One Nurse’s Advocacy Earns Over 100 Nurses Backpay

One hundred and six OSUNO tenured nurses are named in the final settlement
between ONA and OSU, in total the settlement exceeds $60,000


 Elizabeth DiGiannantoni, RN


Cherri McHolan, RN, who is set to retire at the end of 2022, has spent much of her career dedicated to nursing at The Ohio State University Hospital. Part of this dedication includes strong advocacy for herself and her colleagues, with a prominent example now labeled as the McHolan Settlement.

In 2016, a colleague pointed out a discrepancy on their paystubs regarding the lump sum pay out for nurses at the max of the pay scale. Nurses with greater than 21 years of experience in the 2016 -2019 contract, were at the top of the pay scale and received a lump sum pay out equivalent to 2% of their base salary in lieu of a base wage increase. This continued for all OSUNO contracts between 2016 – 2020.

At the time, Cherri had received a Clinical Ladder 4 promotion, per the OSUNO collective bargaining agreement with OSU, Article 6, Section 5 “As part of the program, the hospital agrees to a base pay increase of four percent (4%) for Clinical Ladder III status, and six percent (6%) more for Clinical Ladder IV status.” For the purposes of all other base raises within the medical center, the base rate of pay had been appropriately adjusted, however, for the purposes of the lump sum pay outs based on the maximum base rate of pay, the corresponding base wage increase was not included, meaning that 10% of Cherri’s pay was not included in the non-discretionary bonus. After investigating, OSUNO found this was true for all Clinical Ladder nurses at the top of the pay scale. Cherri knew this was wrong and filed her first grievance in 2016. The grievance was denied.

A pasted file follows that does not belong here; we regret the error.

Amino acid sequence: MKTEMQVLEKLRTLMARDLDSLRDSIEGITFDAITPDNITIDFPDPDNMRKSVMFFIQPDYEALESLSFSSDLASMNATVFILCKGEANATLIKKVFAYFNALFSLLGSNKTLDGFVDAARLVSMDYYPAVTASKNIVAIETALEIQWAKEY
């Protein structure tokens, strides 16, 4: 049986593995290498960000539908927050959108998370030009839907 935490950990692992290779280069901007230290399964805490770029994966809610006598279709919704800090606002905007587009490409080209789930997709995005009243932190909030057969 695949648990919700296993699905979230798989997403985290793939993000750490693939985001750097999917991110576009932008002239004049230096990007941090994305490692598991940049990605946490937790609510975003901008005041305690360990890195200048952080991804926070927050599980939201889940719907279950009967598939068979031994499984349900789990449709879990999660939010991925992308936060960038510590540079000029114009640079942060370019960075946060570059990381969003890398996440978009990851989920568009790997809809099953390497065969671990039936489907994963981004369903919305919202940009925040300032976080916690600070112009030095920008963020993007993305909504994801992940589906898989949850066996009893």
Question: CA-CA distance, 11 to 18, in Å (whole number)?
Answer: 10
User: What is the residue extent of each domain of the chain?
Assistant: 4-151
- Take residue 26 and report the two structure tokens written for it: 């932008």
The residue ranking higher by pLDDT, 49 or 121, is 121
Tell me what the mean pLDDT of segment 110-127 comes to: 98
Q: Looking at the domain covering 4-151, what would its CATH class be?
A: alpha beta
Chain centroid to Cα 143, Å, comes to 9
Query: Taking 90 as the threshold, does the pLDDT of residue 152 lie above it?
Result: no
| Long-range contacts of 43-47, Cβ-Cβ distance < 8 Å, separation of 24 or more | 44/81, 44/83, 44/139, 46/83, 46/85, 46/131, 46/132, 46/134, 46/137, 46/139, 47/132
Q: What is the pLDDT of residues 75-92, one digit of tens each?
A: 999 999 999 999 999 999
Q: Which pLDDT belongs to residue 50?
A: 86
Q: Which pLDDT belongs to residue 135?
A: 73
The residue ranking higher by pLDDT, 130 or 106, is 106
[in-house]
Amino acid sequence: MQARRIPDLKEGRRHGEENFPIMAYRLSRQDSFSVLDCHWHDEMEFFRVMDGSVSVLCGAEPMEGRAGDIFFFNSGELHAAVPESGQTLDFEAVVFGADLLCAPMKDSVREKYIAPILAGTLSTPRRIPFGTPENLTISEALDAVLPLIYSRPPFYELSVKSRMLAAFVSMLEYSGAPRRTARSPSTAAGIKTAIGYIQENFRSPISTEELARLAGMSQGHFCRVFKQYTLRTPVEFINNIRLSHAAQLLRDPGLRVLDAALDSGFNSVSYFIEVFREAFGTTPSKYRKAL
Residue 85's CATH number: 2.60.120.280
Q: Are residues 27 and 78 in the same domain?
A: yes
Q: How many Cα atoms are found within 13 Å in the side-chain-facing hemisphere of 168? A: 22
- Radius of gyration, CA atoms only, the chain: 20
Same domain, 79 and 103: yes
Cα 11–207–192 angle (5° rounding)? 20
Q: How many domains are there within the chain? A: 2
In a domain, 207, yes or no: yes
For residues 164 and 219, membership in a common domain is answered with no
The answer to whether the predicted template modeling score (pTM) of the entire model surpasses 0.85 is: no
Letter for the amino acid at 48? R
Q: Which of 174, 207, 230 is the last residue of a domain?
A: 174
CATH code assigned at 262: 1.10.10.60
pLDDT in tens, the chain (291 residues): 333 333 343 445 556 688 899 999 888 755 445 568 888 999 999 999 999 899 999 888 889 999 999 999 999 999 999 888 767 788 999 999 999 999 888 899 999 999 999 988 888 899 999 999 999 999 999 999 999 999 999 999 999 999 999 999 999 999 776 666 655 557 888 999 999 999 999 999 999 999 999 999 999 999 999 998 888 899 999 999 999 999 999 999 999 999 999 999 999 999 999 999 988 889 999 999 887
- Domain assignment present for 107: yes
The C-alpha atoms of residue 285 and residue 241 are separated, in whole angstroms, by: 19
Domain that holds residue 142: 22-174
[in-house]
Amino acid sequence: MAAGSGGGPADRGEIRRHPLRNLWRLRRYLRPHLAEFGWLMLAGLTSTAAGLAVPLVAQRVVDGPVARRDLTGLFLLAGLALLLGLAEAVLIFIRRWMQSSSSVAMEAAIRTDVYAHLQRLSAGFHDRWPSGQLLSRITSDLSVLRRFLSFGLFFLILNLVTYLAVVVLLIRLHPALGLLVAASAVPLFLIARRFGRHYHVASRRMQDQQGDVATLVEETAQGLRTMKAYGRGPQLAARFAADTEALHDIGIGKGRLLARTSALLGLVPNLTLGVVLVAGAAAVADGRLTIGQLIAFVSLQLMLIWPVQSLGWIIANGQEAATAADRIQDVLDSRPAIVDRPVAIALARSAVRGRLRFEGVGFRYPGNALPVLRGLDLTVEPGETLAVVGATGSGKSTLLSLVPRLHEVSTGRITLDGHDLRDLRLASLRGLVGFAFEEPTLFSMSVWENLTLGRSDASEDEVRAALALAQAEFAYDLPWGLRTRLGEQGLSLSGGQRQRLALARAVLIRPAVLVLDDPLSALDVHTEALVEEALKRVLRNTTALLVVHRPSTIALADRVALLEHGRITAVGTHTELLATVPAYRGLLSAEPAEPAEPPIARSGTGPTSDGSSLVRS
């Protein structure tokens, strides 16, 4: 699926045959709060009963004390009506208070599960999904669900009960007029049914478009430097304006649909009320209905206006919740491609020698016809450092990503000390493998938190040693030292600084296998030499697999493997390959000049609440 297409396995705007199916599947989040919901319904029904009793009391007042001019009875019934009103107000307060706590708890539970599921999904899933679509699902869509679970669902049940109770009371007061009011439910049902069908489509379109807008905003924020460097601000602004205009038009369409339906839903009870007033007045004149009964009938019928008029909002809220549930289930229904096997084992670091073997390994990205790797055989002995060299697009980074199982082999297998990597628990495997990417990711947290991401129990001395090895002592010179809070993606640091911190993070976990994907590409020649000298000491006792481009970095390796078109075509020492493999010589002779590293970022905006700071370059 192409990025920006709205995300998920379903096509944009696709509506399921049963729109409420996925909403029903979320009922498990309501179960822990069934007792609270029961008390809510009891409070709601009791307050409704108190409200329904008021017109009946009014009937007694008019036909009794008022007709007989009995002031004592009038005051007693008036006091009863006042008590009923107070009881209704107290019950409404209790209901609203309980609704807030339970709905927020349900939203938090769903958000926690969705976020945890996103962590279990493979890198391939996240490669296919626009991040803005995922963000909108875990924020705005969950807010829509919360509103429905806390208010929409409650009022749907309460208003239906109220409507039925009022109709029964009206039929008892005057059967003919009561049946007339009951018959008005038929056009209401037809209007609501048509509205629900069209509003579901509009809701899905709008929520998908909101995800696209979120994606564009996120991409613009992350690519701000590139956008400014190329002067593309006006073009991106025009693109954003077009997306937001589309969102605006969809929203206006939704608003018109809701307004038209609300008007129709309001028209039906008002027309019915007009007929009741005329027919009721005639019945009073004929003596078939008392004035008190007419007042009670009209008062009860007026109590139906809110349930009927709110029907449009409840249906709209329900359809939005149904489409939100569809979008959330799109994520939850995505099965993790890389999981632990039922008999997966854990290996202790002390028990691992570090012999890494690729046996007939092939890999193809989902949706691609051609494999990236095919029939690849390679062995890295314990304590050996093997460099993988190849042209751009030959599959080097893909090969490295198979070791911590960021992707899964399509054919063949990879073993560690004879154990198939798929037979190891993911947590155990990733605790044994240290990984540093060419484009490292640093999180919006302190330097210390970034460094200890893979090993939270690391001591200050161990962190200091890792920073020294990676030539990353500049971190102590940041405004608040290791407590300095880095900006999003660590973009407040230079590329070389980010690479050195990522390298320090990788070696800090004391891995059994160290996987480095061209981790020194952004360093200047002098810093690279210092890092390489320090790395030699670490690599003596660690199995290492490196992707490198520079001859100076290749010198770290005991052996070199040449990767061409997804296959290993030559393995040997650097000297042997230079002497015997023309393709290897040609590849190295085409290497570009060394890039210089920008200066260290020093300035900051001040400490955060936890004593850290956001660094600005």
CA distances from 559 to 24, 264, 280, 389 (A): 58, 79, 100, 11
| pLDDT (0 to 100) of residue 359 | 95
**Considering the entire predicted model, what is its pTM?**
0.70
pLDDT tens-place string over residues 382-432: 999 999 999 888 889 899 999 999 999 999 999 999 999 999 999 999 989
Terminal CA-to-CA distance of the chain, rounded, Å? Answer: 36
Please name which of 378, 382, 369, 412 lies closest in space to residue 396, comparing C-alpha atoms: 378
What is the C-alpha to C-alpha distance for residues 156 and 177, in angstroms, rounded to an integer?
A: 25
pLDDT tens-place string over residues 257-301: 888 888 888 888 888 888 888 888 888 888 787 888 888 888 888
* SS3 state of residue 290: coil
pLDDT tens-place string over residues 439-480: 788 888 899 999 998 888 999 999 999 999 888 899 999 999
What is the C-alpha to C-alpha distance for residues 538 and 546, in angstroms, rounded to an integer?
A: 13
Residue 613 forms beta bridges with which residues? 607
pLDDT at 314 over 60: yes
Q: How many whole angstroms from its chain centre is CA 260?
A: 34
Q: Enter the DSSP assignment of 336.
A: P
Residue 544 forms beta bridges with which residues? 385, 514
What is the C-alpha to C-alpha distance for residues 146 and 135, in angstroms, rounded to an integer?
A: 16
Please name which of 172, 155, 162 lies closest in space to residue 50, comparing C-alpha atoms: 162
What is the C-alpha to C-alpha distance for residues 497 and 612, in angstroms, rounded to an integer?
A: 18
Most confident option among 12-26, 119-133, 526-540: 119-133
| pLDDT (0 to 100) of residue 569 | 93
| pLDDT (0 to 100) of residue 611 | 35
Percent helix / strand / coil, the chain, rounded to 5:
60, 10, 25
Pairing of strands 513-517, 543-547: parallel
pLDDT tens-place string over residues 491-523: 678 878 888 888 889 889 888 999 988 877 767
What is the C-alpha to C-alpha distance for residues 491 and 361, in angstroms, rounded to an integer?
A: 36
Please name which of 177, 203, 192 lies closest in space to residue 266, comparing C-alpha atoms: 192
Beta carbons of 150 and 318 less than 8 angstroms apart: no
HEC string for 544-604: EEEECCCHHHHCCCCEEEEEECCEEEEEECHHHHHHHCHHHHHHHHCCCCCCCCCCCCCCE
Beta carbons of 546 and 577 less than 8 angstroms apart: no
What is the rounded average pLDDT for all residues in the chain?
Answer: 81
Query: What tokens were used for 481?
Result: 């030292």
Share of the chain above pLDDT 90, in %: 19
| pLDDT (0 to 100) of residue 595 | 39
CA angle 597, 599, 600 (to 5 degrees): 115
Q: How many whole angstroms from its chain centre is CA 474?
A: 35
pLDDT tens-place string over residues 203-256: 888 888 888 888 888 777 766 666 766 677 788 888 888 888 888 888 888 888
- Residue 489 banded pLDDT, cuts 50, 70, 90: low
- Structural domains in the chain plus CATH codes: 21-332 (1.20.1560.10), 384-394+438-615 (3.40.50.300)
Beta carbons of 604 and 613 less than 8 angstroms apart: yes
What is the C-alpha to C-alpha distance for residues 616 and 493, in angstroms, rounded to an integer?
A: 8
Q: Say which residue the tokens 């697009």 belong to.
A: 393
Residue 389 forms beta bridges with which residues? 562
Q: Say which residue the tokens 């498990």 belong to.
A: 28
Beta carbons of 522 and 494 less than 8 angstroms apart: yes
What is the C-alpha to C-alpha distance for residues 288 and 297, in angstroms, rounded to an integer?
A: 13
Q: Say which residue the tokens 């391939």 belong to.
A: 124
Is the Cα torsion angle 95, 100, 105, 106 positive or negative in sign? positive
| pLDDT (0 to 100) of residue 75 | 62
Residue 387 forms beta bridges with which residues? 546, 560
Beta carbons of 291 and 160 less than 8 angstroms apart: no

In the years following, Cherri began requesting an accurate calculation annually before her lump sum pay out was totaled. Each year, there was an erroneous lump sum payout and each year she filed a new grievance over the issue. In 2019 ONA pursued arbitration on the outstanding grievances. Arbitration was planned in 2020 and delayed due to the pandemic.

OSU attempted to settle with Cherri, making a number of offers that would have made her financially whole. The initial offers unfortunately lacked an important component for Cherri; they didn’t include any of the other 100+ clinical ladder nurses affected by the years on miscalculations. Cherri’s position was simple “If [the settlement] is going to be able to get everybody back pay, I’ll take the deal.” Ultimately, Cherri held out for seven years to ensure all nurses in the bargaining unit would be made fiscally whole. Cherri noticed it only affected the most tenured and dedicated nurses; those who have devoted their career to bedside nursing and who have also chosen to exceed job requirements and contribute to the development of the profession. One hundred and six OSUNO nurses are named in the final settlement between ONA and OSU, in total the settlement exceeds $60,000.